By Nesha Starcevic, AP
FRANKFURT, Germany–Adidas, a major sponsor of global athletics, is in “close contact” with track and field’s governing body, the International Association of Athletics Federations, about the sport’s doping and corruption scandals, the sportswear company said Monday, amid reports it is considering ending its sponsorship.
The Germany-based company said that “Adidas has a clear anti-doping policy in place” and added that “we are in close contact with the IAAF to learn more about their reform process.”
The IAAF too said is in contact with “all its sponsors and partners as we embark on our reform process.”
A BBC report said Adidas had told the IAAF it was terminating its sponsorship deal four years early because of the doping affair involving Russian athletics and accusations of deeply rooted corruption under the IAAF’s previous leadership.
Earlier this month, a World Anti-Doping Agency probe said the IAAF was corrupted from the inside by a “powerful rogue group” led by its president, and they conspired to extort athletes and allow doping Russians to continue competing.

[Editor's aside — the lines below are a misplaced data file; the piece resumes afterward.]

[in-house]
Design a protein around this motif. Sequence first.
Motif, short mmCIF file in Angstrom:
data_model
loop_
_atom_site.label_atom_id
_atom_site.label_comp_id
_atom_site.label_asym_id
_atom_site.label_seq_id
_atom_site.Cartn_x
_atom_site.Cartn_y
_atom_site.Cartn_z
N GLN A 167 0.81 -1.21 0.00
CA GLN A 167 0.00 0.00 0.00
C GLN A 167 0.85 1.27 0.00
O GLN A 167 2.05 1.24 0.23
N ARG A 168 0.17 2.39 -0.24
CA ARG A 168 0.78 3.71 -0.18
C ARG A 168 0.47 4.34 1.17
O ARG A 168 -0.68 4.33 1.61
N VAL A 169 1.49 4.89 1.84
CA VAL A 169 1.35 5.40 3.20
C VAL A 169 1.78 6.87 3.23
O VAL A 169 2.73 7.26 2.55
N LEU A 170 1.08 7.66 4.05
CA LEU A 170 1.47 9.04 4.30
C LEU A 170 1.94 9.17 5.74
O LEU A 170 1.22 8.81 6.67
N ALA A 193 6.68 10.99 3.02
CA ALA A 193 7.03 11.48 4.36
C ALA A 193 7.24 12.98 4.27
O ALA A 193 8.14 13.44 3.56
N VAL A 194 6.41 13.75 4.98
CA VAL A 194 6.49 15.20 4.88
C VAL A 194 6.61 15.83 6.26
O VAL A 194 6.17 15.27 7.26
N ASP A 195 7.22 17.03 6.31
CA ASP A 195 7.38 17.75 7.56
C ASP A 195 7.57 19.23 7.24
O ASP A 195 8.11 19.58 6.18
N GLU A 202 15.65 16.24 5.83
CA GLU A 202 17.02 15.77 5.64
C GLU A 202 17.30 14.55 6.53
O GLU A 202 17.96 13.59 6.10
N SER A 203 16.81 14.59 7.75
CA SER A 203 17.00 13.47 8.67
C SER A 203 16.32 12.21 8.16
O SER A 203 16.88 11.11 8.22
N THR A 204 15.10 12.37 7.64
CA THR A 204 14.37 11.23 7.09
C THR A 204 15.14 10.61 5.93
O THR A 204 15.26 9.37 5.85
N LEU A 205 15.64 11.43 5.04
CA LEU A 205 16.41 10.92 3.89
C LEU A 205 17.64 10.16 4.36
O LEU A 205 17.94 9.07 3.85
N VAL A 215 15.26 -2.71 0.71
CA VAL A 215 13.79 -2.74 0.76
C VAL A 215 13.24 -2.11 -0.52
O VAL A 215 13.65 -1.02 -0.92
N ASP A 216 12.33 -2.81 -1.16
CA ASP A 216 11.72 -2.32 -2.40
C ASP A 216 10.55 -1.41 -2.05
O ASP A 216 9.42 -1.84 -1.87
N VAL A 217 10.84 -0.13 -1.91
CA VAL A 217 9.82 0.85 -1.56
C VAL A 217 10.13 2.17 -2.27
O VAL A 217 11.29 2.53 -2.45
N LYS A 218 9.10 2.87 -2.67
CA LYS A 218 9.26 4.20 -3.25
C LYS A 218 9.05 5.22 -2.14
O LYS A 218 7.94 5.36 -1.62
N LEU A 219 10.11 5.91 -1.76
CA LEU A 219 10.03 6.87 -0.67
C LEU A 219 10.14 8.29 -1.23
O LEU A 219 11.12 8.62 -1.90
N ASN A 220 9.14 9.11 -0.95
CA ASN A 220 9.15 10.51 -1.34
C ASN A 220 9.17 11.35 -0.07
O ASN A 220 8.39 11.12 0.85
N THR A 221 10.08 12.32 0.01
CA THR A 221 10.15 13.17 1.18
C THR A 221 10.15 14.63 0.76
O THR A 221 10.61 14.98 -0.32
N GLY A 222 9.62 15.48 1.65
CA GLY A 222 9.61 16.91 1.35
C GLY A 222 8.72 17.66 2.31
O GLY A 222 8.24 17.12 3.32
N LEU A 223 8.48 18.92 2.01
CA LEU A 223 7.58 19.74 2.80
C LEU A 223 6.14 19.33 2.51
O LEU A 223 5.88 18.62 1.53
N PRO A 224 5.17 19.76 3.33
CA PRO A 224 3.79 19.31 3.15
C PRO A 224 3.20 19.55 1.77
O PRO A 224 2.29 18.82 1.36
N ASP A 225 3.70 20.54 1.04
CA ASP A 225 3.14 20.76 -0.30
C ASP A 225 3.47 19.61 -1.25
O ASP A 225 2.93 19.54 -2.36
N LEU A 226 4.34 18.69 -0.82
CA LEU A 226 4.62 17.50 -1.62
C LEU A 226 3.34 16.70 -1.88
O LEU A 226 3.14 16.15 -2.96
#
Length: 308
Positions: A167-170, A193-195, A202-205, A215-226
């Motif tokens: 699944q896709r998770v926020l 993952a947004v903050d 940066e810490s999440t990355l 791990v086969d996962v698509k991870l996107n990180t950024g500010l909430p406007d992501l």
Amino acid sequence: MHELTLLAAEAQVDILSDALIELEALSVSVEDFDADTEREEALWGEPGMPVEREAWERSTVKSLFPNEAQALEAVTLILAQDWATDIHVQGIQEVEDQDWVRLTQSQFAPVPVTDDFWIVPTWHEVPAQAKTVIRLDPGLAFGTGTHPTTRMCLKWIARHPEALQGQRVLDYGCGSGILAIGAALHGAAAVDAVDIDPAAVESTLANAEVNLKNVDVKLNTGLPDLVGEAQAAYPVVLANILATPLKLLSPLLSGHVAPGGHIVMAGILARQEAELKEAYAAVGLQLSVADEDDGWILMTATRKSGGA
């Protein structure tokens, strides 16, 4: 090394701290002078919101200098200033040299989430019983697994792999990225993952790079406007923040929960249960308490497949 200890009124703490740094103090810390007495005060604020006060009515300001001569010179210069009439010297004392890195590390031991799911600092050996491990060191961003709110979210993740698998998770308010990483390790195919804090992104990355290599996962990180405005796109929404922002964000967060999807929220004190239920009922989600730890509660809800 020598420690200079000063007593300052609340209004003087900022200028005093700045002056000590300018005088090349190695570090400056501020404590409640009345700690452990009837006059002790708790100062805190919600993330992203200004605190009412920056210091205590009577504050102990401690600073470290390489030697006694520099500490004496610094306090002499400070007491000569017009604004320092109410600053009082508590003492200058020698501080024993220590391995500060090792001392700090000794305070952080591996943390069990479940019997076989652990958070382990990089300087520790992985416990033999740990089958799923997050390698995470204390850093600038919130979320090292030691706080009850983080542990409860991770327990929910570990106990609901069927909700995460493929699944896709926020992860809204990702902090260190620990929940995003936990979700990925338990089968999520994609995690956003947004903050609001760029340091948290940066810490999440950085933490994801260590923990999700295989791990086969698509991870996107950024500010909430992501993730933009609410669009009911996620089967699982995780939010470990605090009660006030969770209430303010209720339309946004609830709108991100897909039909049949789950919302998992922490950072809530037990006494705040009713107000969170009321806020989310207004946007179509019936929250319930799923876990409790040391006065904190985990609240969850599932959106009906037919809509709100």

Other IAAF leaders were at fault, too, the WADA panel’s damning report said. They must have known of the nepotism that allowed Lamine Diack to turn the IAAF into a personal fiefdom during his 16-year reign as president, it said.
“It is increasingly clear that far more IAAF staff knew about the problems than has currently been acknowledged,” said the report, written by former WADA president Dick Pound and presented at a news conference in Munich.
A key question raised by the report is whether alleged corruption under Diack went beyond extorting doped athletes and infected other areas of IAAF business.
WADA’s investigators called for a detailed follow-up probe of all world championships awarded by the ruling body for 2009-19, due to evidence they found of possible wrongdoing. That included an indication that Diack, a former IOC member, was prepared to sell his vote in the 2020 Olympic hosting contest won by Tokyo in exchange for sponsorship of IAAF events.
“The corruption was embedded in the organization. It cannot be ignored or dismissed as attributable to the odd renegade acting on its own,” the report said.
Diack was taken into custody by French authorities in November on corruption and money-laundering charges. He is suspected of taking more than 1 million euros (US$1.1 million) to blackmail athletes and cover up positive tests.
Sebastian Coe, the British middle-distance running great who took over from Diack in August, is not accused of corrupt wrongdoing. But he was a member of the IAAF’s Council, its oversight body, that “could not have been unaware of the extent of doping.”
The WADA report came two days after the Associated Press released details from six years of IAAF internal emails, reports and notes showing a high level of communication between the athletics federation and Russian officials about suspicious test results from the nation’s athletes, including plans to cover up some doping evidence.